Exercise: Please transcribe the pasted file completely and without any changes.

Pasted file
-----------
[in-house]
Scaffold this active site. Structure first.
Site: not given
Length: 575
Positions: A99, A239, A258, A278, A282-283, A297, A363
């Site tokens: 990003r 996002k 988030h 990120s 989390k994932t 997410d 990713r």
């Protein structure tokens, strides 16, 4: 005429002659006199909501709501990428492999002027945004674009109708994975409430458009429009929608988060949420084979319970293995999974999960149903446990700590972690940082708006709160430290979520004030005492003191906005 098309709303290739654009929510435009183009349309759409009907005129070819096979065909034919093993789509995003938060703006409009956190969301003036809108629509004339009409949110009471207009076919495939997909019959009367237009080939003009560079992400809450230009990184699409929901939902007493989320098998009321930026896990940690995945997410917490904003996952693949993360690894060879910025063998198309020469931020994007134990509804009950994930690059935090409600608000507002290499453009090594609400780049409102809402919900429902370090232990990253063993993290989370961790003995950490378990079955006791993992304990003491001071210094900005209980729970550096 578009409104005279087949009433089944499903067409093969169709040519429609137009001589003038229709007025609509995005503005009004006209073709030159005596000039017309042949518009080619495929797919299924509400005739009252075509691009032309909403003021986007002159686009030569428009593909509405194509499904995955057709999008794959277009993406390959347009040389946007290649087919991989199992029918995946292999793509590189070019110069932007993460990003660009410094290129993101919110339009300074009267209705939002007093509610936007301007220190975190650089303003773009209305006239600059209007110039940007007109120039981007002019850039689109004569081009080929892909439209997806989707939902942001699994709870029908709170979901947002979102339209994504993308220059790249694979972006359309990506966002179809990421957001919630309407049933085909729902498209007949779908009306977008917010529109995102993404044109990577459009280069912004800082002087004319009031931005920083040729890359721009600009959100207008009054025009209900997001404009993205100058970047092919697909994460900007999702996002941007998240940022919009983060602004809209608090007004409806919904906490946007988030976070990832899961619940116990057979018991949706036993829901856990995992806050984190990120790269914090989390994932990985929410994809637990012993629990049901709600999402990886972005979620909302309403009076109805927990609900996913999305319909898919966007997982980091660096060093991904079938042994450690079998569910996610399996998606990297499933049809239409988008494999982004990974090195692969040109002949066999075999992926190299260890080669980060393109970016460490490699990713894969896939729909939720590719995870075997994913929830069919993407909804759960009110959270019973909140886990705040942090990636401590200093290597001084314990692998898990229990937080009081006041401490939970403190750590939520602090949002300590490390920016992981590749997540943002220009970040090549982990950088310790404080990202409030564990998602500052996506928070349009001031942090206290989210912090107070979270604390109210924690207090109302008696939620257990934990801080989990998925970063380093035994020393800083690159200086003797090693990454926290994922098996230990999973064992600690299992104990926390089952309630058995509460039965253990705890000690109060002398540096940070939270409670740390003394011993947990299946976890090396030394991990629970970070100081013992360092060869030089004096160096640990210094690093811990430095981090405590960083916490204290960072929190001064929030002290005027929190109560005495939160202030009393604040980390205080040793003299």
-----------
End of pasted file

[in-house]
Scaffold this active site. Structure first.
Site: not given
Length: 575
Positions: A99, A239, A258, A278, A282-283, A297, A363
């Site tokens: 990003r 996002k 988030h 990120s 989390k994932t 997410d 990713r």
């Protein structure tokens, strides 16, 4: 005429002659006199909501709501990428492999002027945004674009109708994975409430458009429009929608988060949420084979319970293995999974999960149903446990700590972690940082708006709160430290979520004030005492003191906005 098309709303290739654009929510435009183009349309759409009907005129070819096979065909034919093993789509995003938060703006409009956190969301003036809108629509004339009409949110009471207009076919495939997909019959009367237009080939003009560079992400809450230009990184699409929901939902007493989320098998009321930026896990940690995945997410917490904003996952693949993360690894060879910025063998198309020469931020994007134990509804009950994930690059935090409600608000507002290499453009090594609400780049409102809402919900429902370090232990990253063993993290989370961790003995950490378990079955006791993992304990003491001071210094900005209980729970550096 578009409104005279087949009433089944499903067409093969169709040519429609137009001589003038229709007025609509995005503005009004006209073709030159005596000039017309042949518009080619495929797919299924509400005739009252075509691009032309909403003021986007002159686009030569428009593909509405194509499904995955057709999008794959277009993406390959347009040389946007290649087919991989199992029918995946292999793509590189070019110069932007993460990003660009410094290129993101919110339009300074009267209705939002007093509610936007301007220190975190650089303003773009209305006239600059209007110039940007007109120039981007002019850039689109004569081009080929892909439209997806989707939902942001699994709870029908709170979901947002979102339209994504993308220059790249694979972006359309990506966002179809990421957001919630309407049933085909729902498209007949779908009306977008917010529109995102993404044109990577459009280069912004800082002087004319009031931005920083040729890359721009600009959100207008009054025009209900997001404009993205100058970047092919697909994460900007999702996002941007998240940022919009983060602004809209608090007004409806919904906490946007988030976070990832899961619940116990057979018991949706036993829901856990995992806050984190990120790269914090989390994932990985929410994809637990012993629990049901709600999402990886972005979620909302309403009076109805927990609900996913999305319909898919966007997982980091660096060093991904079938042994450690079998569910996610399996998606990297499933049809239409988008494999982004990974090195692969040109002949066999075999992926190299260890080669980060393109970016460490490699990713894969896939729909939720590719995870075997994913929830069919993407909804759960009110959270019973909140886990705040942090990636401590200093290597001084314990692998898990229990937080009081006041401490939970403190750590939520602090949002300590490390920016992981590749997540943002220009970040090549982990950088310790404080990202409030564990998602500052996506928070349009001031942090206290989210912090107070979270604390109210924690207090109302008696939620257990934990801080989990998925970063380093035994020393800083690159200086003797090693990454926290994922098996230990999973064992600690299992104990926390089952309630058995509460039965253990705890000690109060002398540096940070939270409670740390003394011993947990299946976890090396030394991990629970970070100081013992360092060869030089004096160096640990210094690093811990430095981090405590960083916490204290960072929190001064929030002290005027929190109560005495939160202030009393604040980390205080040793003299």